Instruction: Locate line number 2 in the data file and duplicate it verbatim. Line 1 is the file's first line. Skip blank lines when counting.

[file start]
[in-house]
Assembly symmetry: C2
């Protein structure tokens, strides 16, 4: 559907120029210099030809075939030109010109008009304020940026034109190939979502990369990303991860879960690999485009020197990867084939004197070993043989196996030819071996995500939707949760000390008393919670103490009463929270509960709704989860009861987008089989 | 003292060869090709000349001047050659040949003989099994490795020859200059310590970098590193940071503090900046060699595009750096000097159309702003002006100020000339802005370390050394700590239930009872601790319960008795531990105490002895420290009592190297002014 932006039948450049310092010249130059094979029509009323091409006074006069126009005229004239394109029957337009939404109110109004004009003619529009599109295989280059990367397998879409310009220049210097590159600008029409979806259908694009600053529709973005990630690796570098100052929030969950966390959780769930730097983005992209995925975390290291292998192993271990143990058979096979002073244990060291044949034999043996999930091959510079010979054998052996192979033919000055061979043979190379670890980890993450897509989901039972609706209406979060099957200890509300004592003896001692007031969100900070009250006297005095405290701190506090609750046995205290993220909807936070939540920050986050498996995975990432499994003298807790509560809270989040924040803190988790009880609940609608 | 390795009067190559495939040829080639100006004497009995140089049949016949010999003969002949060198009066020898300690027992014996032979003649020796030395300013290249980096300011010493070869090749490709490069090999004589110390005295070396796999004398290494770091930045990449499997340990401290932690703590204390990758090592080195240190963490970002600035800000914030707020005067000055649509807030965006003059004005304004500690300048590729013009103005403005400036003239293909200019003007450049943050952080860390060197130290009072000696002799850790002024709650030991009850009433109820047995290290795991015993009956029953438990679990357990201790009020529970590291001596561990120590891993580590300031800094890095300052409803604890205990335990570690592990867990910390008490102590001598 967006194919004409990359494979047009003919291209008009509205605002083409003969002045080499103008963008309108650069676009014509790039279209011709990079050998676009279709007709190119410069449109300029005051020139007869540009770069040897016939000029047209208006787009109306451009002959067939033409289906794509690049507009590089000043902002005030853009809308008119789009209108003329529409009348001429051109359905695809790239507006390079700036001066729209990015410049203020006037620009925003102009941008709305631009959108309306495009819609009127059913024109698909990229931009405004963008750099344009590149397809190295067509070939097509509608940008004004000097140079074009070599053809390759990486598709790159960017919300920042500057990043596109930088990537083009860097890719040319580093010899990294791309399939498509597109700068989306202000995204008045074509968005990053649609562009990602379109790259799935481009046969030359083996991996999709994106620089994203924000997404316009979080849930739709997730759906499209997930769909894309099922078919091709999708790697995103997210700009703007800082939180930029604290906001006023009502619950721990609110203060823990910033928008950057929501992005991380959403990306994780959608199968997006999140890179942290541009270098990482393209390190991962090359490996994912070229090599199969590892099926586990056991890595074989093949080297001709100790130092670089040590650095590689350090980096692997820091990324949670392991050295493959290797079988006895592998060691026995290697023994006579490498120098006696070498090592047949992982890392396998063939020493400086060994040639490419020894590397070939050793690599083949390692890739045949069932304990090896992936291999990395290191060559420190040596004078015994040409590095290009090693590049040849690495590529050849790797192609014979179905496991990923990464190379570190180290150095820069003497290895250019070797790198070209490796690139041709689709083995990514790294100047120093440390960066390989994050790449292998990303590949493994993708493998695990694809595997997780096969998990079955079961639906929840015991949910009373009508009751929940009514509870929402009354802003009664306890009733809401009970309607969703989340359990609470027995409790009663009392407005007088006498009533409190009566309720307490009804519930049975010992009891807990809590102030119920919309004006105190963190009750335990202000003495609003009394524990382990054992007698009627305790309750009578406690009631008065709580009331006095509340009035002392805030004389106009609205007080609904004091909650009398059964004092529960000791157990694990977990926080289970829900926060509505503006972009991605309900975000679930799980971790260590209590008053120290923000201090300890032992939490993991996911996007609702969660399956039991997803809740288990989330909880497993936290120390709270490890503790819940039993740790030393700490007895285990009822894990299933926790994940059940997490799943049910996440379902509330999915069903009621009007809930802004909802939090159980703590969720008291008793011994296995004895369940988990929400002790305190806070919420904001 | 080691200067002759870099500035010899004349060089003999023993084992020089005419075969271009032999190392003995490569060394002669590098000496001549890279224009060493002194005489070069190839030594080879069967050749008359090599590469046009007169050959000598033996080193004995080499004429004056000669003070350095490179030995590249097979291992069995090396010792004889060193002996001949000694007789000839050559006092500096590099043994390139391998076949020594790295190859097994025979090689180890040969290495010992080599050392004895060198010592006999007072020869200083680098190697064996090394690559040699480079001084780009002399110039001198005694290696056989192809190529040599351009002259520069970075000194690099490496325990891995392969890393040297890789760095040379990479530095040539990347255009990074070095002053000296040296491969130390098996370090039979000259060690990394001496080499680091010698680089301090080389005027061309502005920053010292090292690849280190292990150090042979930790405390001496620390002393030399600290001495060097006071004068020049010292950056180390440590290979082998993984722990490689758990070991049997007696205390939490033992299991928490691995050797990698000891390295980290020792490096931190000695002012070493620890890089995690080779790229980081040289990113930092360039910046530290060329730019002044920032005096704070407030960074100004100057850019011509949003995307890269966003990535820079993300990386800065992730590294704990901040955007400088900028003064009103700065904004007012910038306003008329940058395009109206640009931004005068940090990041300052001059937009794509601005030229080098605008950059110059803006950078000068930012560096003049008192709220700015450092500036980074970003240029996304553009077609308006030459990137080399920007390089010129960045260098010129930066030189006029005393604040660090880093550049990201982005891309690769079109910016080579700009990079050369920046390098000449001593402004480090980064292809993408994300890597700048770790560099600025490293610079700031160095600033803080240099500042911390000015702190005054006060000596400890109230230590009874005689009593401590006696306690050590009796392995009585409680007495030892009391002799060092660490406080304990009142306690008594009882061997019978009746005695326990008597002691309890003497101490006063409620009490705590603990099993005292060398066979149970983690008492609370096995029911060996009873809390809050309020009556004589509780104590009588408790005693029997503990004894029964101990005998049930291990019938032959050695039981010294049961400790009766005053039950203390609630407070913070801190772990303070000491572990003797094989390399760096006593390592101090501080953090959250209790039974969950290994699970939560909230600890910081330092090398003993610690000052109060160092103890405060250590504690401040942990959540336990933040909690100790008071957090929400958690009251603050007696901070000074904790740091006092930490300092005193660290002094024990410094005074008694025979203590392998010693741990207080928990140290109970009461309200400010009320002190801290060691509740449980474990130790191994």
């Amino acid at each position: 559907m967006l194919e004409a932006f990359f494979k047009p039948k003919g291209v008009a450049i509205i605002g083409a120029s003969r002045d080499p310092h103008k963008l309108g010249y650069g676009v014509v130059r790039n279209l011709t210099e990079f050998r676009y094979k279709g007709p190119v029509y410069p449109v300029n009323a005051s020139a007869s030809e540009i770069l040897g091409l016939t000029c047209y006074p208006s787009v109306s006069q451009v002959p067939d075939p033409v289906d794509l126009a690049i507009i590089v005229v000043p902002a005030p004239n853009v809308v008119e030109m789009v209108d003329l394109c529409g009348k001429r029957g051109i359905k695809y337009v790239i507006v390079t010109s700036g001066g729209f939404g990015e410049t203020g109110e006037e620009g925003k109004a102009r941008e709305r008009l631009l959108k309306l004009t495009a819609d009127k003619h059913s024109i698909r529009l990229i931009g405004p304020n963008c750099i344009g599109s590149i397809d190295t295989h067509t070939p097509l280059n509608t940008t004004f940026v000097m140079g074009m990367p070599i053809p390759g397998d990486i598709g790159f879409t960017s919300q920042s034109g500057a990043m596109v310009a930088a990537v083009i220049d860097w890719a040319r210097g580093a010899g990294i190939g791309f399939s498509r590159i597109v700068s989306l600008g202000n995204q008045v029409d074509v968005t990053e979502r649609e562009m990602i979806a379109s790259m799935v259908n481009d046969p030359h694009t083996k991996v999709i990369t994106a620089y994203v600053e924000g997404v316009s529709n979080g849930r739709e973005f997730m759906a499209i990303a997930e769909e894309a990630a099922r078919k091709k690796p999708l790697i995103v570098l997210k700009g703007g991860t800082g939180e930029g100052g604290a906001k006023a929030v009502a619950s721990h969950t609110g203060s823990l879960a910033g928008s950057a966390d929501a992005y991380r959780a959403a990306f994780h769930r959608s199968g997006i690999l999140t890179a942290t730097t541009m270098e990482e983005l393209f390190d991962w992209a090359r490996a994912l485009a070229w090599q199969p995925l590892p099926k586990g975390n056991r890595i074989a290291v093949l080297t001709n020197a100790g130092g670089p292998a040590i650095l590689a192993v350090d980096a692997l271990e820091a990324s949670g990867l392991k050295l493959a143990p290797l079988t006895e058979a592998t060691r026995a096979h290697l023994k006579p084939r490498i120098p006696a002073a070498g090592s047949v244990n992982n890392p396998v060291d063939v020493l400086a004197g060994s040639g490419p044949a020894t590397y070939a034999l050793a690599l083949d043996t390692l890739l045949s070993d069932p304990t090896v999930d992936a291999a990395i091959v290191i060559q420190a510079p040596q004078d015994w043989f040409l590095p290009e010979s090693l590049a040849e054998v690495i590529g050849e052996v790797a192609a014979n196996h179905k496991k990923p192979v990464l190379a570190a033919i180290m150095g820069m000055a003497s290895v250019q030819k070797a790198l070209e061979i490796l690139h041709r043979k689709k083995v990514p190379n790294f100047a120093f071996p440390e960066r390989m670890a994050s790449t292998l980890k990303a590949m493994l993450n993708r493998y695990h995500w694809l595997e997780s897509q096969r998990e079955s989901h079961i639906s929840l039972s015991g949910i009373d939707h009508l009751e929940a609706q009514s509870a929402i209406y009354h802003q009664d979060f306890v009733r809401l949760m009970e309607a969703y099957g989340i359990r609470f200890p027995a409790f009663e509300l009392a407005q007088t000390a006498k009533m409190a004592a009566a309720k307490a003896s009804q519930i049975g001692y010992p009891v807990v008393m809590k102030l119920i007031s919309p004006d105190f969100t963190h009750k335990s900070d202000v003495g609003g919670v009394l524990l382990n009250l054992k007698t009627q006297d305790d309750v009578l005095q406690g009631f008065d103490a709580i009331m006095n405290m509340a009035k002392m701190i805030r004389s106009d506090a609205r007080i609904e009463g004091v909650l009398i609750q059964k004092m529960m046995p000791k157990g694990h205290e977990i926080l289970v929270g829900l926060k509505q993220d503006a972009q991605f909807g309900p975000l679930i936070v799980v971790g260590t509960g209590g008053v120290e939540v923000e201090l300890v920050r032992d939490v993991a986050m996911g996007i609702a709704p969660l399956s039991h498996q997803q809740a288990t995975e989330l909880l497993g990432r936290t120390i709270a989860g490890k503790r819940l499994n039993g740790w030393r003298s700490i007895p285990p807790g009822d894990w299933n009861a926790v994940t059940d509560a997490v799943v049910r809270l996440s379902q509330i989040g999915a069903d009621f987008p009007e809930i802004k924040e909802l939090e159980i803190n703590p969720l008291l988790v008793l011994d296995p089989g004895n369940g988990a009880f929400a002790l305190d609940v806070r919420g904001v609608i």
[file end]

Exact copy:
Assembly symmetry: C2